Michael Howard Clott, aka Michael Howard, 58, a New York fugitive from justice, was charged in federal court with mail and wire fraud in connection with a scheme to defraud a Massachusetts man of his Hyannis, MA, waterfront property. Clott, currently in custody in New York, was charged in an indictment with three counts of mail fraud and three counts of wire fraud.
The indictment alleges that while a fugitive from the New York case, Clott spent several months on Cape Cod from December 2009 through April 2010, during which he engaged in a scheme to defraud a Massachusetts man of a property valued at more than $2.8 million. According to the charges, Clott used the alias “Michael Howard,” and represented to others that he was an attorney and financial executive who specialized in purchasing, repairing, and marketing bank-owned real estate. Clott persuaded a local real estate broker to sell a client’s property for half the asking price, then give the sale proceeds to Clott who would use his financial expertise to generate an after-tax benefit for the client equivalent to the client’s asking price. The indictment further alleges that instead of using the proceeds for the client’s benefit, Clott manipulated others to unwittingly assist in negotiating the proceeds check to enable him to deposit the funds in an account for Clott‘s personal benefit. According to the indictment, Clott‘s scheme was discovered in time to secure the funds before Clott could further disburse or conceal them.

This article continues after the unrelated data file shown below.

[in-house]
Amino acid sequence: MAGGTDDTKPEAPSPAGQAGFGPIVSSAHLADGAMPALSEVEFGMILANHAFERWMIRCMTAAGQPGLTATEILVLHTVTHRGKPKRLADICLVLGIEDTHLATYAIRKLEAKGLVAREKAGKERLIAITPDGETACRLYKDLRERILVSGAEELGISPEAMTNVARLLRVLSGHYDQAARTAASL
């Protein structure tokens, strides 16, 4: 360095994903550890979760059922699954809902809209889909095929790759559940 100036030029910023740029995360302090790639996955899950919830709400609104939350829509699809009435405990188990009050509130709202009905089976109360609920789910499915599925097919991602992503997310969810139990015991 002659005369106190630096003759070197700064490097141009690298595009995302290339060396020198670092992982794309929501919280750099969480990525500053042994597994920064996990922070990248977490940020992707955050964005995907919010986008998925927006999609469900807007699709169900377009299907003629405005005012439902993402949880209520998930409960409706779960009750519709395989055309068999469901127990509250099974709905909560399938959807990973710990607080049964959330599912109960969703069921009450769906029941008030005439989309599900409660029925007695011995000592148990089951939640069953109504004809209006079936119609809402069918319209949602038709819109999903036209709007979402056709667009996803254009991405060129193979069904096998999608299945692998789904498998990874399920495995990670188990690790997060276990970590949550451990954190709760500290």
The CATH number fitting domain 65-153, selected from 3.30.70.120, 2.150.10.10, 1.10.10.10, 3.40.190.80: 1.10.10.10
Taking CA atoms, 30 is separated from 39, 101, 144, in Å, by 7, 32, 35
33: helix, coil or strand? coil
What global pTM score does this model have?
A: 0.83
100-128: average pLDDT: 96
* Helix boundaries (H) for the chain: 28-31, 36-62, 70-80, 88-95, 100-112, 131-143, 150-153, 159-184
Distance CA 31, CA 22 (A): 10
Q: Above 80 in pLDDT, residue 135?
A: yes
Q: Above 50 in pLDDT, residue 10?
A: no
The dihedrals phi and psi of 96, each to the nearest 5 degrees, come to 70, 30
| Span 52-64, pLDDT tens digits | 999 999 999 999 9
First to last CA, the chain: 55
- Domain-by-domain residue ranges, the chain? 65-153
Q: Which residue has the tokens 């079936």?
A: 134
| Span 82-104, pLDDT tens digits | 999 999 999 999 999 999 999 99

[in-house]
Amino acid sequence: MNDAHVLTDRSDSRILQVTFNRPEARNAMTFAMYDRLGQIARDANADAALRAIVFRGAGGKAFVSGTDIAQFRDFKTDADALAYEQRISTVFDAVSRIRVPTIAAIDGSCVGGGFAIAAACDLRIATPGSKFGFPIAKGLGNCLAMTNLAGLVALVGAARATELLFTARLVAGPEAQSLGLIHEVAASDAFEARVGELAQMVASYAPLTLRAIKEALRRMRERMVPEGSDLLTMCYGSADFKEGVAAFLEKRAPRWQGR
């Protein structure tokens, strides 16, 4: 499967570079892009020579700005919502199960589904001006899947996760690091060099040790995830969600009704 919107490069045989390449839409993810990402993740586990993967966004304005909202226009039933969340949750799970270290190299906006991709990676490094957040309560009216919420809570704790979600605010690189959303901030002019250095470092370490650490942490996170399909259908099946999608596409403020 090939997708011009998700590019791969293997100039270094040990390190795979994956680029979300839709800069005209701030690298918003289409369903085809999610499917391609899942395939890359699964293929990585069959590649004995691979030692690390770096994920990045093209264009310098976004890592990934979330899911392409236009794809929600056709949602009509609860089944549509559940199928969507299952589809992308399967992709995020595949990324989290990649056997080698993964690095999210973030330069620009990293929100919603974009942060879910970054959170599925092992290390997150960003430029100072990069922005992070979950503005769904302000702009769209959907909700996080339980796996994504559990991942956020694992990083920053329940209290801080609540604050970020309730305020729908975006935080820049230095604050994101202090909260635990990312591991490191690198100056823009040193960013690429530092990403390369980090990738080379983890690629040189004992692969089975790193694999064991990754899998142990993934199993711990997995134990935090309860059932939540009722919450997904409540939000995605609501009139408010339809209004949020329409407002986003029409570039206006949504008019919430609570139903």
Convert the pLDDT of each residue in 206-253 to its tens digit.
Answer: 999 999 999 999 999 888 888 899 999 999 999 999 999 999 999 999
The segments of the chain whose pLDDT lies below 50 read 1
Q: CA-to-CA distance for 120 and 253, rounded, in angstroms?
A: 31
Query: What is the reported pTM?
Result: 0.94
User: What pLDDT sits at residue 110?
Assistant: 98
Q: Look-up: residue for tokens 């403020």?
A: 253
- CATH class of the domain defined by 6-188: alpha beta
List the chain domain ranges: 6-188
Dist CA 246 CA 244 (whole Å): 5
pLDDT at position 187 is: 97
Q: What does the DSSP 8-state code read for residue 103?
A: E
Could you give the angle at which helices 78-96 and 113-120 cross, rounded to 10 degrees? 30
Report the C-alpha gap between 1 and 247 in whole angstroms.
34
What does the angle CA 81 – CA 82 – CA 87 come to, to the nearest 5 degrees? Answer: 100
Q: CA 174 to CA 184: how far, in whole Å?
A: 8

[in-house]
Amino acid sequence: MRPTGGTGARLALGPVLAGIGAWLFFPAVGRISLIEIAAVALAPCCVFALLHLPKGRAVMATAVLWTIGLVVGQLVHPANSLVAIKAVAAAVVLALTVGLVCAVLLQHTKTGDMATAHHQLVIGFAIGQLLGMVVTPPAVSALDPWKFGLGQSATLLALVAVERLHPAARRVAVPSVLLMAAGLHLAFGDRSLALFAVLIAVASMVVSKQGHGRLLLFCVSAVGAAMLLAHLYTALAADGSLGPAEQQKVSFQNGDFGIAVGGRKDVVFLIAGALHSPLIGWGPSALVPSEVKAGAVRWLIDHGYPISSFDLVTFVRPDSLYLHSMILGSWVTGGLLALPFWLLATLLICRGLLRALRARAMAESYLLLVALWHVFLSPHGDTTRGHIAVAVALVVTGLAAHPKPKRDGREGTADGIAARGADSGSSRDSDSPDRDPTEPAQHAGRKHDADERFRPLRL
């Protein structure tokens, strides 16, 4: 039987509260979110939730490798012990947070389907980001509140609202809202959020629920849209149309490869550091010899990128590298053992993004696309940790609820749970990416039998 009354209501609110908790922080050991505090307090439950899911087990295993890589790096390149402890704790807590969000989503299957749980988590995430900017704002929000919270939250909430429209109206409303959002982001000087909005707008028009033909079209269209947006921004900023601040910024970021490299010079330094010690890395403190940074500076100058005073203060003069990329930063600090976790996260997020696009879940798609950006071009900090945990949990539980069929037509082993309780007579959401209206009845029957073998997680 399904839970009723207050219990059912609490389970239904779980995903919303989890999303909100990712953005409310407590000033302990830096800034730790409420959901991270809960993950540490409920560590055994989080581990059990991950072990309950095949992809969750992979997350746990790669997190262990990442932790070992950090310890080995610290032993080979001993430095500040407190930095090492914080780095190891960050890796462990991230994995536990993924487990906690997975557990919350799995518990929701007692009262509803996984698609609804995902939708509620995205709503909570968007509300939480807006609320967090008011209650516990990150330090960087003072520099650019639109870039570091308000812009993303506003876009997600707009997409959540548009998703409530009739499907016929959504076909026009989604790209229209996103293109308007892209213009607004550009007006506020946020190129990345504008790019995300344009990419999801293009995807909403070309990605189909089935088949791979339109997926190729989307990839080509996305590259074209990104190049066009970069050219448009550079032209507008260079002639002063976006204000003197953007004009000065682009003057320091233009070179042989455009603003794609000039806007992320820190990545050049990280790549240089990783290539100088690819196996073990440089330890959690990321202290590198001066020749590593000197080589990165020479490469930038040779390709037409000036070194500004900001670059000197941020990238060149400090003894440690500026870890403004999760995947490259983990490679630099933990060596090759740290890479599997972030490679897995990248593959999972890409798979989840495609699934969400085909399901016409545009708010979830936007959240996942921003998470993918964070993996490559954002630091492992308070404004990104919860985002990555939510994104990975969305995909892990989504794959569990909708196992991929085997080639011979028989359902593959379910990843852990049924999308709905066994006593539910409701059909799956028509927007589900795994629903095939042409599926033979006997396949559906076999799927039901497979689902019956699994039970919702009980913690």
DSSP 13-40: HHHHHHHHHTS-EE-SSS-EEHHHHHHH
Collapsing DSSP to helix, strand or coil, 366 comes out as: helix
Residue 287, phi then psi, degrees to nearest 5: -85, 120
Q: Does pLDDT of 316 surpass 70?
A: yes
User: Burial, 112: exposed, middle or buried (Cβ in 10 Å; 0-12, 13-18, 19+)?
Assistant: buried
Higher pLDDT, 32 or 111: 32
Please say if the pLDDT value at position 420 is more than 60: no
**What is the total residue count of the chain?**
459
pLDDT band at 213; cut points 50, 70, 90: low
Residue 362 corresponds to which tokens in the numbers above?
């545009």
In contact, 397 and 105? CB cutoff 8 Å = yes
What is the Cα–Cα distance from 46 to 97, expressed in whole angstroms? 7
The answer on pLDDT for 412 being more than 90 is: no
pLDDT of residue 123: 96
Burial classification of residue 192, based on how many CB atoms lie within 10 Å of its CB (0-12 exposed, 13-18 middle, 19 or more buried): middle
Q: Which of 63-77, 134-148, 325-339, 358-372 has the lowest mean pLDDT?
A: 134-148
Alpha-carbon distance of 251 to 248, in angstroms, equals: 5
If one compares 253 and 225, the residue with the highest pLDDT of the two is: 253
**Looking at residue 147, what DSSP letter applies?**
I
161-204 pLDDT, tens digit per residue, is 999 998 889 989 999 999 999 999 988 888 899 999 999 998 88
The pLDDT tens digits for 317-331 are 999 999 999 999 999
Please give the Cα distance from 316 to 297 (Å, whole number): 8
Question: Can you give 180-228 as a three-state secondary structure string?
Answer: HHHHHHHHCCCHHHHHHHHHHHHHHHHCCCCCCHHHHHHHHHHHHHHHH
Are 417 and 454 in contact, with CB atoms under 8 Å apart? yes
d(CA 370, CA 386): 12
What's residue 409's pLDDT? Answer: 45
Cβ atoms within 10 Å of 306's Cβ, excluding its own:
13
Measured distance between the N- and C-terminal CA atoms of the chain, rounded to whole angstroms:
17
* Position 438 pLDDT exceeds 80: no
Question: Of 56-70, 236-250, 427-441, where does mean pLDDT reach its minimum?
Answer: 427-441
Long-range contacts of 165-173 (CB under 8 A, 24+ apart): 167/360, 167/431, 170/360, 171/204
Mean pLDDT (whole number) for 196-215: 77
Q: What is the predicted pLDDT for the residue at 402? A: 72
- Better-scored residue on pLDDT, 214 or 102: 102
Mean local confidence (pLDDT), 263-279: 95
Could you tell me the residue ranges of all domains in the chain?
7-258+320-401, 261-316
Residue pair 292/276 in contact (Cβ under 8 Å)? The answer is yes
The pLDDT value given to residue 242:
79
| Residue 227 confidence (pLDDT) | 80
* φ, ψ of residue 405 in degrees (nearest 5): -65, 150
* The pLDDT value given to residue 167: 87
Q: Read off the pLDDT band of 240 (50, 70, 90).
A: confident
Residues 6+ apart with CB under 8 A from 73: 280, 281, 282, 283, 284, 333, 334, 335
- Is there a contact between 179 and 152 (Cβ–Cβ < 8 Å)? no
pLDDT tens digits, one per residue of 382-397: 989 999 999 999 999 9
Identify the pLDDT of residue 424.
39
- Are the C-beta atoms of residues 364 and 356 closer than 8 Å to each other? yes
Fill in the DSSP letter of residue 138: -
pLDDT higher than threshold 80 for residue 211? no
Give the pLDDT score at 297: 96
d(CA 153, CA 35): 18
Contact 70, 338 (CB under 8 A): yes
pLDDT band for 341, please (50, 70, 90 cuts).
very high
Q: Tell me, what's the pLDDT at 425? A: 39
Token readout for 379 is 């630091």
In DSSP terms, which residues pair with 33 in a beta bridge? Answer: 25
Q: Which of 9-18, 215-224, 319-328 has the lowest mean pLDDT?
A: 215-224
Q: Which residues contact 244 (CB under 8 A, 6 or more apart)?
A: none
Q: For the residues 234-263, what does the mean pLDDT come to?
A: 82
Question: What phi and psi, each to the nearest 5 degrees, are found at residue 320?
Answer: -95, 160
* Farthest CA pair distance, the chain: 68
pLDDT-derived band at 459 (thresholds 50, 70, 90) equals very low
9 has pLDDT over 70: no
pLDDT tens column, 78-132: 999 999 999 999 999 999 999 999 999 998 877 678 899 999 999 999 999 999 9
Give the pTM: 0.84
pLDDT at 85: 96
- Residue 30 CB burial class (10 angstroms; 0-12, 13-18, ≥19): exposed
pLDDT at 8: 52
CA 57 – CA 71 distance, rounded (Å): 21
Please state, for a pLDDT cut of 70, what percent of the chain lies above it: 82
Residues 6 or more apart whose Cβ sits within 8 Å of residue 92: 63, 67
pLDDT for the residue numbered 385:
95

If convicted, Clott faces up to 20 years’ imprisonment, to be followed by three years of supervised release and a $250,000 fine on each of the six counts.
United States Attorney Carmen M. Ortiz and Richard DesLauriers, Special Agent in Charge of the Federal Bureau of Investigation – Boston Field Division made the announcement today. The case is being prosecuted by Assistant U.S. Attorneys Mark J. Balthazard and Veronica Lei of Ortiz’s Economic Crimes Unit and Asset Forfeiture Unit, respectively.
The details contained in the indictment are allegations. The defendant is presumed to be innocent unless and until proven guilty beyond a reasonable doubt in a court of law.